This book was published around 1990, but was never studied (to my knowledge). Does anyone know the reason why?
"Mankind's Search for God" book
by My Name is of No Consequence 40 Replies latest watchtower bible
I can't say why the book was never chosen to be studied.
After leaving the JWs, I got a good secular education and became a teacher in religion and manuscript transmission. I can attest that the book is not accurate at all in that, while it quotes from religious sources, it does so sparingly and from the Watchtower angle, and then proceeds to tell why each religion is wrong.
So you never get an accurate view of what each religion really believes, teaches, and why. It is useless.
I seem to remember it was studied but my memory could be wrong
i seem to remember going through it on. Tuesday evening and being shocked at the bloody heart being ripped out of a live human drawings
I dont believe we studied it.
I remember thinking some JW's might find other religions interesting if they studied the book.
road to nowhere
It was designed to know about other religion, especially non judeo Christian eastern ones and counter theur influence.
What i remember was it was not as offensive as some books, but I was in pretty much jn then too.
The best bok I remenber was commentary on james; we know that story
I have always had a pet theory (each time I have ever tried to explain it, it has been shot down rather quickly), but here goes:
WT was trying to establish their WT representatives as 'ministers' (for draft purposes) and, for those going overseas, as 'missionaries'. To qualify as ministers or missionaries they need to have credentials, and to have completed a course of study equivalent to mainstream schools. Many governments require minister credentials to include study of 'all religions'. A lot of Christian schools fail in this regard in that they only teach their own specific faith's beliefs. So the 'minister training' of JWs and JW missionaries needed something in the course of study about all religions. Voila, they produce a textbook for study that is held (at the time) in every KH library and is 'studied' in the 'minister' training. It mattered little that it wasn't really studied or looked at much; the fact that it was published and in the library was enough.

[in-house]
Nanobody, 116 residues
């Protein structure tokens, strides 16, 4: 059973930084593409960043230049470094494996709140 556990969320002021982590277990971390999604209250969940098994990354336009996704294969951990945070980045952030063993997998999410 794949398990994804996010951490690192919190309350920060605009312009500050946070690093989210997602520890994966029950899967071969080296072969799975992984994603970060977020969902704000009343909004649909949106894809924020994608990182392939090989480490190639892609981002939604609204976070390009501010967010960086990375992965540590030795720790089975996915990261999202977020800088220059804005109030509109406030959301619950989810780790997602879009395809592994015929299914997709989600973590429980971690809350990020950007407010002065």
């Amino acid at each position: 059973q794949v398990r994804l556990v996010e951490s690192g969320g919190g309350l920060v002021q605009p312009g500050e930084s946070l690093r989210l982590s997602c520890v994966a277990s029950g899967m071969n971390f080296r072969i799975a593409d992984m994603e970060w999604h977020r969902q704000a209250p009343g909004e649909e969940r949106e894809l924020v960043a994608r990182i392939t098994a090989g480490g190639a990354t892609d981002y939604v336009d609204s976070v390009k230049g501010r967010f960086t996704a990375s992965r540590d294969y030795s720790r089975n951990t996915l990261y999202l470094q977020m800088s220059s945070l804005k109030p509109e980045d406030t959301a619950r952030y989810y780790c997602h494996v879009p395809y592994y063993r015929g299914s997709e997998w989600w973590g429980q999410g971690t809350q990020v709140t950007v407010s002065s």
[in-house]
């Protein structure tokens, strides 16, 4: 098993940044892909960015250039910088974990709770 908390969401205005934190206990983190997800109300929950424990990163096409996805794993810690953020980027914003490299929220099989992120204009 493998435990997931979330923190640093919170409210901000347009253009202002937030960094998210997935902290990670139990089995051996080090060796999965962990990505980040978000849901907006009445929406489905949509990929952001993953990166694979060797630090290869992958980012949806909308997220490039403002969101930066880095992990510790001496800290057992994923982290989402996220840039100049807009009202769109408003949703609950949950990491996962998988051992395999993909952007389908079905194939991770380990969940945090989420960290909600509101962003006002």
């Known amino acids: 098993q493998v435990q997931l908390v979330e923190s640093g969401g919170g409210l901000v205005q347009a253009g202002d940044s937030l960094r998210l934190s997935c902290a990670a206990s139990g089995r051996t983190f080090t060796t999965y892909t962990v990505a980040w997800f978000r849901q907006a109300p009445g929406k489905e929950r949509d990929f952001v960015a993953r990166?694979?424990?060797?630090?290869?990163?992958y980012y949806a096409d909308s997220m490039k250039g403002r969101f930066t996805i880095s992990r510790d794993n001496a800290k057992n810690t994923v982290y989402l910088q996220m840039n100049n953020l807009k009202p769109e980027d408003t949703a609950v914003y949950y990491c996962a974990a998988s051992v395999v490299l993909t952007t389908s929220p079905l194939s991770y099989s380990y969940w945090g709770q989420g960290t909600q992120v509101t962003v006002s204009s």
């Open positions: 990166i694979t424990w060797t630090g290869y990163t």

We did study it.
My Name is of No Consequence
@ Witness 007,
Do you remember when we studied it? I was in until about 2015 and wondered for years when we were going to study it. But the years seem to run together, so I could be wrong.
As I understand it, the book was designed as a study book for newly interested. There are Kingdom Ministry articles advocating starting studies in the book. I do not know how successful that was.
It wasn't meant to be an academic study. As far as I can tell, no Watchtower product was meant to appeal to academics or meet that kind of standard. They're all meant to gain adherents and to project the Watchtower's theology. So It's no surprise that someone expecting an academic product is disappointed.
I remember studying at least part of the book it in the congregational book study (which consisted of the entire congregation meeting in the kingdom hall instead of in homes). In my copy of the book I have answers (to the questions at the bottom of the pages) underlined in the first two chapters of the book. I would only have done that if the book was being studied in the congregational book study. Though the book is designed to keep JW's believing in the JW religion and perhaps to be useful to convert people to the JW religion, the book is interesting to me, as a guide to further research (since I can look up the sources and quoted in the book to learn more and since it gives some ideas which I can do further research about in other publications. I appreciate the chapter on Buddhism and part of the chapter on Modern Disbelief. By it mentioning the names of some atheists, it causes some reasons to think about atheism and it causes some of those to want to do research about the atheists mentioned. For example, I eventually obtained books written by Darwin, Marx, and Nietzsche, and read some by Feuerbach. I especially appreciated two of Darwin's books about evolution (including On The Origin of Species). I have also purchased books which both describe and promote Buddhism. I also have a book by Durant called The Story of Philosophy.
I think that a number of the philosophical ideas of the Buddha have utility and also compatible with both Christianity and atheistic naturalism. Now there is something called Secular Buddhism.